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ctfchallenge | all galleries >> Challenge 67: Close-up Photography >> Challenge 67 : Eligible > (Up), Close to the Public Footpath *
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(Up), Close to the Public Footpath *
30/10/2004 Paul Donovan

(Up), Close to the Public Footpath *

Milton Keynes, UK

I had been thinking about "Up Close and Personal" and I liked the fact that the arrow pointed up....a tenuous link I know! I liked the detail in the wood and it seemed a good one to practice B&W on. Re-submitted to pointlessly add a date 'cos the rules say so'.

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Rod 05-Nov-2004 21:59
Gday Paul, Yes my anti frame & sig tirade will run it's course & become boring,(already has) it's mostly done in fun although I believe what I'm saying. As far as frames improving a decent shot, we normally learn any endeavour from the masters on down seeing frames & sigs on photos only tells me that people have started their learning from a point way down the list. Do you know of any well known photographers of to-day (from my day,Ansel Adams, Bret Weston, Bresson, etc) into the art of photography that use frames & sigs when published in book form or on the net? These are the inspiration if we're serious amateurs. Maybe the mistake I'm making after coming out of my nearly 30 year photographic coma is that people using frames & sigs are not serious amateurs but people just having a bit of fun with a camera, which is fine. They seem to want to learn how to be a better photographer & that is done by getting a shot that ses wow to you without adding frames & sigs. The thinking that frames & sigs gives the shot a pseudo professional look is quite sad really, though it may suit a wedding photographer to sell his shots to the “not interested” in photography clients. I've enjoyed talking with you Paul, thanks mate:-)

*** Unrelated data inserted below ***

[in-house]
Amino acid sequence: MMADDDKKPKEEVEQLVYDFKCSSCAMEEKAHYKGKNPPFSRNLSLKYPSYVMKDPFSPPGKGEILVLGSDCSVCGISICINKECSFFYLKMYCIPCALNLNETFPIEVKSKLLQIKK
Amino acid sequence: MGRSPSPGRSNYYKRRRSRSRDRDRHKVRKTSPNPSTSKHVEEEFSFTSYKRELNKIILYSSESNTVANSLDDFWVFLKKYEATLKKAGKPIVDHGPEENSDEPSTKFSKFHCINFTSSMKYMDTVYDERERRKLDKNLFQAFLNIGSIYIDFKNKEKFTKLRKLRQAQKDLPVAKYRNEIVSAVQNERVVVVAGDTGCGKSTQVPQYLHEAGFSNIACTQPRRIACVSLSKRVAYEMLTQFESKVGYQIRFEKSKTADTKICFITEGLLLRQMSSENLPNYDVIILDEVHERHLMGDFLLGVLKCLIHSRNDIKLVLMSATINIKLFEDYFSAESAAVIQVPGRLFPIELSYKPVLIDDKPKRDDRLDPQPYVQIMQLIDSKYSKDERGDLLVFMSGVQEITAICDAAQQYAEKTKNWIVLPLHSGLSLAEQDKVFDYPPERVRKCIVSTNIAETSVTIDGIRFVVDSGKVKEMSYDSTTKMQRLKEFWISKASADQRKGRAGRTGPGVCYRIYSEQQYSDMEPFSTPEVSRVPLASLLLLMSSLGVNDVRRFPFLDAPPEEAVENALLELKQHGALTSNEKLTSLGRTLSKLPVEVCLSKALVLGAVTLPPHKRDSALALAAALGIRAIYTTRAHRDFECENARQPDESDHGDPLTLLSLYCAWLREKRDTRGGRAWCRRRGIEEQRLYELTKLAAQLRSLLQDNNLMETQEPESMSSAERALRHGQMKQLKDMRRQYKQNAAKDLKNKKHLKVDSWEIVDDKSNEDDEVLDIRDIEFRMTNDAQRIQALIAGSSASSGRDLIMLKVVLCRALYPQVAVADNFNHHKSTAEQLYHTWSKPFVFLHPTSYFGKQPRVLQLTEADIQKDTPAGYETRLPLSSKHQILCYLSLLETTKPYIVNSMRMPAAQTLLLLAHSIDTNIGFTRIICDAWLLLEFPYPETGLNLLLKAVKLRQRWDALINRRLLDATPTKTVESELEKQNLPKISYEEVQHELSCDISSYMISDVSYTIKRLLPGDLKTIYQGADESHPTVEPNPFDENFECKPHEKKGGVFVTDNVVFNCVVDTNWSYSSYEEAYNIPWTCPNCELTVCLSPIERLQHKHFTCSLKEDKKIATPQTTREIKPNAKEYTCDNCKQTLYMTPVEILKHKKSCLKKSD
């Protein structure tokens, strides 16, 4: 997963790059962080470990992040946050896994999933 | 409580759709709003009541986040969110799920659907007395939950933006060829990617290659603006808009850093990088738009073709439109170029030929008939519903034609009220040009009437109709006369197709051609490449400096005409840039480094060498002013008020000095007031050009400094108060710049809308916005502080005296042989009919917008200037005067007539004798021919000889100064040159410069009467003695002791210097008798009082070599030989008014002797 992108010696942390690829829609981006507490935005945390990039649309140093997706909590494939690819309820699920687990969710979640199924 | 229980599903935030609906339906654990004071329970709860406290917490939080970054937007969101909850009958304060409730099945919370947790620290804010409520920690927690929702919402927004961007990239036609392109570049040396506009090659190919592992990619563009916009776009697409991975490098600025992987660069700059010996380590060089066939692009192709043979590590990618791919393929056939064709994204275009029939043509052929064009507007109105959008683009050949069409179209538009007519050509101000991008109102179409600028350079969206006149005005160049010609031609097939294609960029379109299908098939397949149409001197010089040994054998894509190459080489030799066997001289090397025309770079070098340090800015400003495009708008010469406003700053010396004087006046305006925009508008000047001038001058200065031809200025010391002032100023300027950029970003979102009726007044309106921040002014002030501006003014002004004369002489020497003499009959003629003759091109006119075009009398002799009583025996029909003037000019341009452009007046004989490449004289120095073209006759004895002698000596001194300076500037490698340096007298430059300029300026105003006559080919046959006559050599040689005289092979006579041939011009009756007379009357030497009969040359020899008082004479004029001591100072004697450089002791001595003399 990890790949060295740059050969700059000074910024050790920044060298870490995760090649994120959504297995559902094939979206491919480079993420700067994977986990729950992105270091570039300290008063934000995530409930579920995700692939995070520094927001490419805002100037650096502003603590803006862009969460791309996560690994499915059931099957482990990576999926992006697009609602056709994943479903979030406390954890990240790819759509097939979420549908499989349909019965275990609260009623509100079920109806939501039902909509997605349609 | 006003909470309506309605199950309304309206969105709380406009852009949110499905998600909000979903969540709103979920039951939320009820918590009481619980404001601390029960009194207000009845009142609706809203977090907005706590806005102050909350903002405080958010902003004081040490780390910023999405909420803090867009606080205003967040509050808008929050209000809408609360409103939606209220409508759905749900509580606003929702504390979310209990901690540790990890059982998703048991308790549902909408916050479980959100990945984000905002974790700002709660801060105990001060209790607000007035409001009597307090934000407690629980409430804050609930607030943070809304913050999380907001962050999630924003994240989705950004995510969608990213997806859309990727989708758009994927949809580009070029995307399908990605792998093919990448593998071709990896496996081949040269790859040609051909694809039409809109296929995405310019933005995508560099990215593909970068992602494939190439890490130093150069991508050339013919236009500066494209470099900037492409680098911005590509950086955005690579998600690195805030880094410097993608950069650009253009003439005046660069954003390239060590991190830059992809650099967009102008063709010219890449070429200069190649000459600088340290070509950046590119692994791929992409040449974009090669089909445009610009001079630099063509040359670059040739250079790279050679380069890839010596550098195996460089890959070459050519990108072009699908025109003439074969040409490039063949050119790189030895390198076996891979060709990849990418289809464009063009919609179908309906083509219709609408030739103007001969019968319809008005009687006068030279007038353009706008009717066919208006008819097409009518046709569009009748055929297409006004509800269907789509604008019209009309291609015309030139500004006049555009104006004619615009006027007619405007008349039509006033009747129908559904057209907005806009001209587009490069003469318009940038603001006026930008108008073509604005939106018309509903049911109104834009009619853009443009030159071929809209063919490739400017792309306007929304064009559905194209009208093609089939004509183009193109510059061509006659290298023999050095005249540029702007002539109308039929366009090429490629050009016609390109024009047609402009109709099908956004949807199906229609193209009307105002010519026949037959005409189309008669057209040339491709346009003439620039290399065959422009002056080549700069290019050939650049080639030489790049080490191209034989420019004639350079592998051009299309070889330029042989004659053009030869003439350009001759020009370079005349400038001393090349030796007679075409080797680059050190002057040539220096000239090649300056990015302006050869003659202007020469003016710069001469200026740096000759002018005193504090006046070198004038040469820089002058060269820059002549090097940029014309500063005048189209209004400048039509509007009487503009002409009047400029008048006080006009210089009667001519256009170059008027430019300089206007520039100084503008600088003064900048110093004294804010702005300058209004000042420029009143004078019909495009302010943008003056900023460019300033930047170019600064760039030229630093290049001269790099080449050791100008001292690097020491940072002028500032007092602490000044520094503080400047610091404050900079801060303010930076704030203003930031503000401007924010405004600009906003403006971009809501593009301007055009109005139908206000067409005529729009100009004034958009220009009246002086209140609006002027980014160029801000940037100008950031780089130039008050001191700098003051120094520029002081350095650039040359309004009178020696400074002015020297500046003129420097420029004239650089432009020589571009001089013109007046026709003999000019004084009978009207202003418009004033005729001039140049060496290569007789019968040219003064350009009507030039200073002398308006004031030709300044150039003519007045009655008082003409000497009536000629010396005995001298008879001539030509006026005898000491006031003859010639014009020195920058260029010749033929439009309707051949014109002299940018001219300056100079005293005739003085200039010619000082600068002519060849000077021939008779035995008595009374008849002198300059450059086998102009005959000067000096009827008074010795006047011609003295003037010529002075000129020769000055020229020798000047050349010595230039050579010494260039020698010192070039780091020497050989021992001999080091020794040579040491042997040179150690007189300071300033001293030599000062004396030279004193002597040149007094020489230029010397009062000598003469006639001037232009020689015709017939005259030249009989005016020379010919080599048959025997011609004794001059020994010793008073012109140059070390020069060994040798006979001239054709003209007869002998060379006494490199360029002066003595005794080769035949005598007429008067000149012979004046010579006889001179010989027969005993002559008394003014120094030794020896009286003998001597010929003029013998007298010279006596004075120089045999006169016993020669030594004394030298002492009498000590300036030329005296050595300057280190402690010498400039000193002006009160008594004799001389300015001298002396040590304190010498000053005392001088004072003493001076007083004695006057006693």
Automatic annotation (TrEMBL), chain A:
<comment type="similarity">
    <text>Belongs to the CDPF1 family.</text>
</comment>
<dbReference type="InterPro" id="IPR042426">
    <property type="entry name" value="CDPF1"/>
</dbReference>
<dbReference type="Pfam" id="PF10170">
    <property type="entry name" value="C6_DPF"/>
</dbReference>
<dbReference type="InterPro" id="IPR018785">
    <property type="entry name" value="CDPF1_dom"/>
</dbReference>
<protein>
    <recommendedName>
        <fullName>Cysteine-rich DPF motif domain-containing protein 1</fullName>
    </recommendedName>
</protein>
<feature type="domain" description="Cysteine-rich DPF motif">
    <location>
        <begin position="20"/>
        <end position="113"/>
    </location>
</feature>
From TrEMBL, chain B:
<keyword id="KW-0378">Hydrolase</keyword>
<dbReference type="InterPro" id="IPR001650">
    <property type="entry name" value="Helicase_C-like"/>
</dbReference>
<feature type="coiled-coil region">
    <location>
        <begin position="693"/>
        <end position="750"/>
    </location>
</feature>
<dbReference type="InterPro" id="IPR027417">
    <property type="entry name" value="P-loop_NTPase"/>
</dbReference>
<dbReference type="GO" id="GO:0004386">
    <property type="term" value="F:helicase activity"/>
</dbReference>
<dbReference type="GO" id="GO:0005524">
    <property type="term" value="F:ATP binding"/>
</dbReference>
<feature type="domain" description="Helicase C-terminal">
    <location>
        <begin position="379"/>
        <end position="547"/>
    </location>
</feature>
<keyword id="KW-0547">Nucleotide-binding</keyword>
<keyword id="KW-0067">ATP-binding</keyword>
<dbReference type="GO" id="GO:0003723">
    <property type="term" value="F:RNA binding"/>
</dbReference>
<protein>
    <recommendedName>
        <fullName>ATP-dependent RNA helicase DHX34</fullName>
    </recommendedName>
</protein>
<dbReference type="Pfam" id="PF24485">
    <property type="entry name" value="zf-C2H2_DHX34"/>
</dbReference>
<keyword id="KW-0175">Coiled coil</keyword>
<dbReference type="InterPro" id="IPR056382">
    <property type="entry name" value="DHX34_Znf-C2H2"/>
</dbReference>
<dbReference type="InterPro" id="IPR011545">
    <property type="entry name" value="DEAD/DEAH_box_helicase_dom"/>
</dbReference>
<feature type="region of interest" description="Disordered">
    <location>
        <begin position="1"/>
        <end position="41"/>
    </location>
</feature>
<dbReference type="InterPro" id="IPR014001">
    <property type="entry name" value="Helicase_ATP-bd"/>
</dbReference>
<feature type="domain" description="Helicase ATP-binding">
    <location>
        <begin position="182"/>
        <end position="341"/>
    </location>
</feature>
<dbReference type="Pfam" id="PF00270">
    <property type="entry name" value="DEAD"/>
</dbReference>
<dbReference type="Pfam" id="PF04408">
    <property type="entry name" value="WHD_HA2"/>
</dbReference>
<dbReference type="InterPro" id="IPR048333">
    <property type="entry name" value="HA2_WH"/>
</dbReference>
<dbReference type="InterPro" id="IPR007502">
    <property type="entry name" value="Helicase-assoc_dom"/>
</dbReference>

ctfchallenge03-Nov-2004 11:27
Thanks Rod. I still say it depends on the shot. I've taken photos where black borders look horrible, put a white border on it and in my view it looks better. You don't like borders, I don't like x, someone else doesn't like y. You just come across like they are 'wrong' or 'incorrect' when I think you should be saying you don't like them...which is fine...but after a while we get the message :)
Rod 03-Nov-2004 10:32
Paul, don't forget rules are meant to be broken but only after we have learnt them :-) The Black frame is only a preference really, we used to put a black border around our colour shots 30 years ago which gave the impression of deeper colours. The only benefit of black borders is it can enhance the presentation of some shots without saying look at me, which all other colours do to varying degrees. Also comments are not to be taken as being the correct way the shot should be either, as we all know when we try something in PS thinking it will look better half the time it turns out worse. (in my case 90%):-)
Jonas Svedberg02-Nov-2004 20:19
I would say less DOF! =) Nice bw photo. /Jonas
aam1234 01-Nov-2004 20:20
The third is the main pole, the big one! it points upwards, right?
Paul Donovan 01-Nov-2004 19:34
Many thanks aam, I was coming round to the out of focus bit as well, I can see 2 arrows, unless you are counting the split bit of wood on the right as another one ?!
aam1234 01-Nov-2004 19:03
Personally, I like the out of focus part. It leads the eyes to the main subject.
Hmm, there are three upward pointing arrows in the pic. Is that intentional?
ctfchallenge01-Nov-2004 11:11
Black borders ok, white borders not? What are the rules on borders Rod - I've noticed they've diminished on the challenges since you joined! Thanks though Rod, appreciate the feedback and I agree I wish I could've got mor DOF. I think I should be less worried about ISO (to allow more freedom with the aperture) particularly on a shot such as this - with ISO 400 or 800 I think I could've got the barbed wire sharp. Paul.
Rod 01-Nov-2004 11:03
This does work well in B&W but I think the use of a smaller F-stop to get the barbed wire in focus as well as the wood may have given you a stronger shot. A good shot though, well done. I love black borders:-)